Tuesday, June 10, 2008

No sneezing pandas or desperate pleas to leave Britney alone plagued New York's IFC Center on Thursday night, when several web-based filmmakers gathered to screen and discuss their works. The event, titled "Where Internet and Film Collide," was co-hosted by the Independent Feature Project and IndieGoGo as a part of Internet Week New York, but none of the projects featured over the course of the evening resembled the lackadaisical style of your average YouTube phenomenon. Instead, the event brought strong examples of the ways independent cinema can flourish in cyberspace. The films themselves each had their own specific audiences, developed online through a variety of methods, but in every case, creative ambition paved the way to rigorous experimentation.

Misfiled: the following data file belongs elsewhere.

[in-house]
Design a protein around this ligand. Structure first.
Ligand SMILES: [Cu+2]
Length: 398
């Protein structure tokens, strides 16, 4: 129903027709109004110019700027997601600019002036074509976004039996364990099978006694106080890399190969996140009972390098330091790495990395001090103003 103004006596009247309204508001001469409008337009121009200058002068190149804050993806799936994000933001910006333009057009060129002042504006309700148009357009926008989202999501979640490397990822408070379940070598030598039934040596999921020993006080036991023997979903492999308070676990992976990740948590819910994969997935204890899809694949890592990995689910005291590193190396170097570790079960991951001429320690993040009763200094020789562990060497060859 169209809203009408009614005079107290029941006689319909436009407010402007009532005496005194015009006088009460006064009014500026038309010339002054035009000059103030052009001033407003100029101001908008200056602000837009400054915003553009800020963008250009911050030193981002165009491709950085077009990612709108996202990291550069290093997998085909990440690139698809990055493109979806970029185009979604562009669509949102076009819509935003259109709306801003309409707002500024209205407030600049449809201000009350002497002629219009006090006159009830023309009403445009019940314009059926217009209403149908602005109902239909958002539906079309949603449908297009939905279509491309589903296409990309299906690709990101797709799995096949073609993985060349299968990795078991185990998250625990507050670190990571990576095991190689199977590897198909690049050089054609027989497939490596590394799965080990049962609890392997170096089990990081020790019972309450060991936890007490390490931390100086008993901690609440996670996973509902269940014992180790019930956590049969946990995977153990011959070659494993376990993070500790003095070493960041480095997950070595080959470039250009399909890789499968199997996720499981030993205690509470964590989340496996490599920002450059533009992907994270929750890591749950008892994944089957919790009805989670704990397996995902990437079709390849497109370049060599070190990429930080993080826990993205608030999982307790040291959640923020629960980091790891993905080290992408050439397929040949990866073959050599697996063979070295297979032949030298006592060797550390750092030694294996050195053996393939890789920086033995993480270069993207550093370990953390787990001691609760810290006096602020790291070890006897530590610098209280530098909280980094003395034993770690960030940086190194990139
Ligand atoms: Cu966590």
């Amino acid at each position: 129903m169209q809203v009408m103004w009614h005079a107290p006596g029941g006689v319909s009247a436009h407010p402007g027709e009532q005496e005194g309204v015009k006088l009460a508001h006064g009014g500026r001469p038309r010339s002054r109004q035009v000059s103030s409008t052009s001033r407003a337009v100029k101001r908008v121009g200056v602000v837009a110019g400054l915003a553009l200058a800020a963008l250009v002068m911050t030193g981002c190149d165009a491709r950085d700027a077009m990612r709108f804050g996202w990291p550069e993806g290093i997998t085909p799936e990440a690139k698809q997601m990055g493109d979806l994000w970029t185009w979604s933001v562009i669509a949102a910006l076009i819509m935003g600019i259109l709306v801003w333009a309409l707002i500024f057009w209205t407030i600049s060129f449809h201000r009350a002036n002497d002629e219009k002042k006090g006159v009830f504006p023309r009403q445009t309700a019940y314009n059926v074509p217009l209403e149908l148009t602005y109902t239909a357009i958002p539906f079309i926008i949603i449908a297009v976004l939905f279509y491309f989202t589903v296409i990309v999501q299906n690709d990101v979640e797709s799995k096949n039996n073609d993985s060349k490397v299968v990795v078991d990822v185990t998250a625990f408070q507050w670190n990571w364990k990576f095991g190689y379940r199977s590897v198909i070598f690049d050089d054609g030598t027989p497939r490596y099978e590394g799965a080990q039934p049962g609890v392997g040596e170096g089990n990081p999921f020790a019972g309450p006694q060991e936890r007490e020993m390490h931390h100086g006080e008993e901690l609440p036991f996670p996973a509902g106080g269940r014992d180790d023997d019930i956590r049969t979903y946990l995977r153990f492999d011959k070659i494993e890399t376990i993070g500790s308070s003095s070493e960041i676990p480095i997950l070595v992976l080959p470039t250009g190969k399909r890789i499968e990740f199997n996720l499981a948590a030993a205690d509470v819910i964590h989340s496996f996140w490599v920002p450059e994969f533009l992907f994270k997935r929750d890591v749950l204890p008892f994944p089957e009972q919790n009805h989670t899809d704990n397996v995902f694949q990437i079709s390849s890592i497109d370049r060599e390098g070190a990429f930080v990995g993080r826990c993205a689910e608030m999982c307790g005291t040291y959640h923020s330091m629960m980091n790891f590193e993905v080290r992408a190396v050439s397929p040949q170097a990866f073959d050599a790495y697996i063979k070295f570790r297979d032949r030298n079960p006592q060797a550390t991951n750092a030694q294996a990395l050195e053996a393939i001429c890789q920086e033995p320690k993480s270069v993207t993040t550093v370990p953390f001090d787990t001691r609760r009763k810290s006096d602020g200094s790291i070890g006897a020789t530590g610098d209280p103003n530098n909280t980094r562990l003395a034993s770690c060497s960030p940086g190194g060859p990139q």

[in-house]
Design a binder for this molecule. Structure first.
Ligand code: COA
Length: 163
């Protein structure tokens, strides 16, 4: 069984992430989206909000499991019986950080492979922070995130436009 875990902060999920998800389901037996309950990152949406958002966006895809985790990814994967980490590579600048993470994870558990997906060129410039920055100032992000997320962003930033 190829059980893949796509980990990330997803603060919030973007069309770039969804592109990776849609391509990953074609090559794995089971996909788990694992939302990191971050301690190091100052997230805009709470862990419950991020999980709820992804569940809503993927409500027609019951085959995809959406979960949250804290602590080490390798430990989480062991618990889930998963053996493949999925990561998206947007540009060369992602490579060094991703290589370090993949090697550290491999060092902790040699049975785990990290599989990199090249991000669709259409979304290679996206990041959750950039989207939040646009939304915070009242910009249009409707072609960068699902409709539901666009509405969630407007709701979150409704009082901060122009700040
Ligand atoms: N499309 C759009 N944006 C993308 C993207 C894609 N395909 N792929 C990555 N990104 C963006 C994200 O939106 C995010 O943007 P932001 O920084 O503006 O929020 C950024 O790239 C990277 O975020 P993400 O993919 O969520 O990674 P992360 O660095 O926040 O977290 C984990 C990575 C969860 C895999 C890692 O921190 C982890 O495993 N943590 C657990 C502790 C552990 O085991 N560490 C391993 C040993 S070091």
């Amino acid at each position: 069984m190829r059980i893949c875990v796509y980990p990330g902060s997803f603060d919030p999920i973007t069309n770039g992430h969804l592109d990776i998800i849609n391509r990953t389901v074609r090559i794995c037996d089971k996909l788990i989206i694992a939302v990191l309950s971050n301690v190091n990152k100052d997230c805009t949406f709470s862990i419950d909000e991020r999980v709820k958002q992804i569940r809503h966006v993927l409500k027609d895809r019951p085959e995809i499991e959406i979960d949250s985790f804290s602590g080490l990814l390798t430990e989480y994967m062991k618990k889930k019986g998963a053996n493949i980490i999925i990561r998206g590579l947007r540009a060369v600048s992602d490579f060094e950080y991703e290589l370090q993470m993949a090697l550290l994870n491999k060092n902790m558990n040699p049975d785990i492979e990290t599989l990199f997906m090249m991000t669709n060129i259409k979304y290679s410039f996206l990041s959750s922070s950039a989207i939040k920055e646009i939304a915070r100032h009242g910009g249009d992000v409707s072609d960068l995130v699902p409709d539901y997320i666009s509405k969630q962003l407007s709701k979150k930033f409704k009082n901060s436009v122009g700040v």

Two of the featured artists were no strangers to Stream readers: Our tech columnist, Jamie Stuart, screened two of his favorite shorts: NYFF45: Part Two, and 12.5 Seconds Later..., both of which he has discussed in his weekly column. Since the event was moderated by Filmmaker magazine editor Scott Macaulay, the producer of Stuart's New York Film Festival shorts, their conversation in front of the audience after his films were shown took on a personal tone. "I remember the first time we ever had a meeting," Stuart told Macaulay. "You asked me to bring along the scripts, and I was like, 'There aren't any scripts.' It's a combination of improvisation and editing." That pretty much sums it up: Stuart's NYFF shorts explore the frantic environment of media events with a lyrical edge, and NYFF45 gets it best, particularly when Stuart continually cuts from the jittery hands of anonymous photographers to glorious close-ups of Nicole Kidman (doing press for Noah Baumbach's Margot at the Wedding). It's a surreal moment that underscores a specific kind of chaos associated with the crassness of celebrity obsession. Stuart summed it up: "I have no interest in reality. My goal is to pervert it."

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